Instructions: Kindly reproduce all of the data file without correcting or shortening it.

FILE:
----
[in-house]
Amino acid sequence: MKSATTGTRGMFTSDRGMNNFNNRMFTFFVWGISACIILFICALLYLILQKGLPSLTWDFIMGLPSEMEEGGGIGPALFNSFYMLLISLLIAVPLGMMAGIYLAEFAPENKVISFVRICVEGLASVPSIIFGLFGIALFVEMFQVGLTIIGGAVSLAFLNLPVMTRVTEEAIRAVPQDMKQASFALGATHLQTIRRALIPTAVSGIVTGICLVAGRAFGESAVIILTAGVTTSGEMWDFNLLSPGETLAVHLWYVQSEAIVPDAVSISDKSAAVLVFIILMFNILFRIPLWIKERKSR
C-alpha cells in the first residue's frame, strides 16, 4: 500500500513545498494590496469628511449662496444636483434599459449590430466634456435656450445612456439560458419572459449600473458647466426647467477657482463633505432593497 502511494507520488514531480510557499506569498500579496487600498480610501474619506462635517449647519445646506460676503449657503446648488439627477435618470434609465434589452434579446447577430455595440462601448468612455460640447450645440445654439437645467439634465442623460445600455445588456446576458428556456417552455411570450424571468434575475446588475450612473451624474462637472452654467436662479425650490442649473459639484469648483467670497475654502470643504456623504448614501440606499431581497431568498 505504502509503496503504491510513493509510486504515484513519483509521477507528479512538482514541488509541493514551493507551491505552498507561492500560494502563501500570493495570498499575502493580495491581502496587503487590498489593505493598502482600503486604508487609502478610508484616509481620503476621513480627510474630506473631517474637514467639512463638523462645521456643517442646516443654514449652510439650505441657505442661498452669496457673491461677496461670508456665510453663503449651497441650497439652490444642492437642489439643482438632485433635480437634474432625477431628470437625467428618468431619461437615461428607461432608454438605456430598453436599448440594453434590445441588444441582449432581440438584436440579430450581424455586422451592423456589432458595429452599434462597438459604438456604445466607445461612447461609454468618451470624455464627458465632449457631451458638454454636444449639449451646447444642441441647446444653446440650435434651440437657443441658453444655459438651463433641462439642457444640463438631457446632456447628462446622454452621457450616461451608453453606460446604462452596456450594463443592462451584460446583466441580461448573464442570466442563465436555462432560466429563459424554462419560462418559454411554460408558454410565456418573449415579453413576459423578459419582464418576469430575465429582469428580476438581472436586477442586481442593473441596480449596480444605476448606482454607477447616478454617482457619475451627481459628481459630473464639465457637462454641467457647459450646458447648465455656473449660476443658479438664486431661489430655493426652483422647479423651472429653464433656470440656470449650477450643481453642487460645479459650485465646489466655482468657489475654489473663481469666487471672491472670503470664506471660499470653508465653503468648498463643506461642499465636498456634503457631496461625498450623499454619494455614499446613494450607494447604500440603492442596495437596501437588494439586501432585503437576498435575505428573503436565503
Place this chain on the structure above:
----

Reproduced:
[in-house]
Amino acid sequence: MKSATTGTRGMFTSDRGMNNFNNRMFTFFVWGISACIILFICALLYLILQKGLPSLTWDFIMGLPSEMEEGGGIGPALFNSFYMLLISLLIAVPLGMMAGIYLAEFAPENKVISFVRICVEGLASVPSIIFGLFGIALFVEMFQVGLTIIGGAVSLAFLNLPVMTRVTEEAIRAVPQDMKQASFALGATHLQTIRRALIPTAVSGIVTGICLVAGRAFGESAVIILTAGVTTSGEMWDFNLLSPGETLAVHLWYVQSEAIVPDAVSISDKSAAVLVFIILMFNILFRIPLWIKERKSR
C-alpha cells in the first residue's frame, strides 16, 4: 500500500513545498494590496469628511449662496444636483434599459449590430466634456435656450445612456439560458419572459449600473458647466426647467477657482463633505432593497 502511494507520488514531480510557499506569498500579496487600498480610501474619506462635517449647519445646506460676503449657503446648488439627477435618470434609465434589452434579446447577430455595440462601448468612455460640447450645440445654439437645467439634465442623460445600455445588456446576458428556456417552455411570450424571468434575475446588475450612473451624474462637472452654467436662479425650490442649473459639484469648483467670497475654502470643504456623504448614501440606499431581497431568498 505504502509503496503504491510513493509510486504515484513519483509521477507528479512538482514541488509541493514551493507551491505552498507561492500560494502563501500570493495570498499575502493580495491581502496587503487590498489593505493598502482600503486604508487609502478610508484616509481620503476621513480627510474630506473631517474637514467639512463638523462645521456643517442646516443654514449652510439650505441657505442661498452669496457673491461677496461670508456665510453663503449651497441650497439652490444642492437642489439643482438632485433635480437634474432625477431628470437625467428618468431619461437615461428607461432608454438605456430598453436599448440594453434590445441588444441582449432581440438584436440579430450581424455586422451592423456589432458595429452599434462597438459604438456604445466607445461612447461609454468618451470624455464627458465632449457631451458638454454636444449639449451646447444642441441647446444653446440650435434651440437657443441658453444655459438651463433641462439642457444640463438631457446632456447628462446622454452621457450616461451608453453606460446604462452596456450594463443592462451584460446583466441580461448573464442570466442563465436555462432560466429563459424554462419560462418559454411554460408558454410565456418573449415579453413576459423578459419582464418576469430575465429582469428580476438581472436586477442586481442593473441596480449596480444605476448606482454607477447616478454617482457619475451627481459628481459630473464639465457637462454641467457647459450646458447648465455656473449660476443658479438664486431661489430655493426652483422647479423651472429653464433656470440656470449650477450643481453642487460645479459650485465646489466655482468657489475654489473663481469666487471672491472670503470664506471660499470653508465653503468648498463643506461642499465636498456634503457631496461625498450623499454619494455614499446613494450607494447604500440603492442596495437596501437588494439586501432585503437576498435575505428573503436565503
Place this chain on the structure above: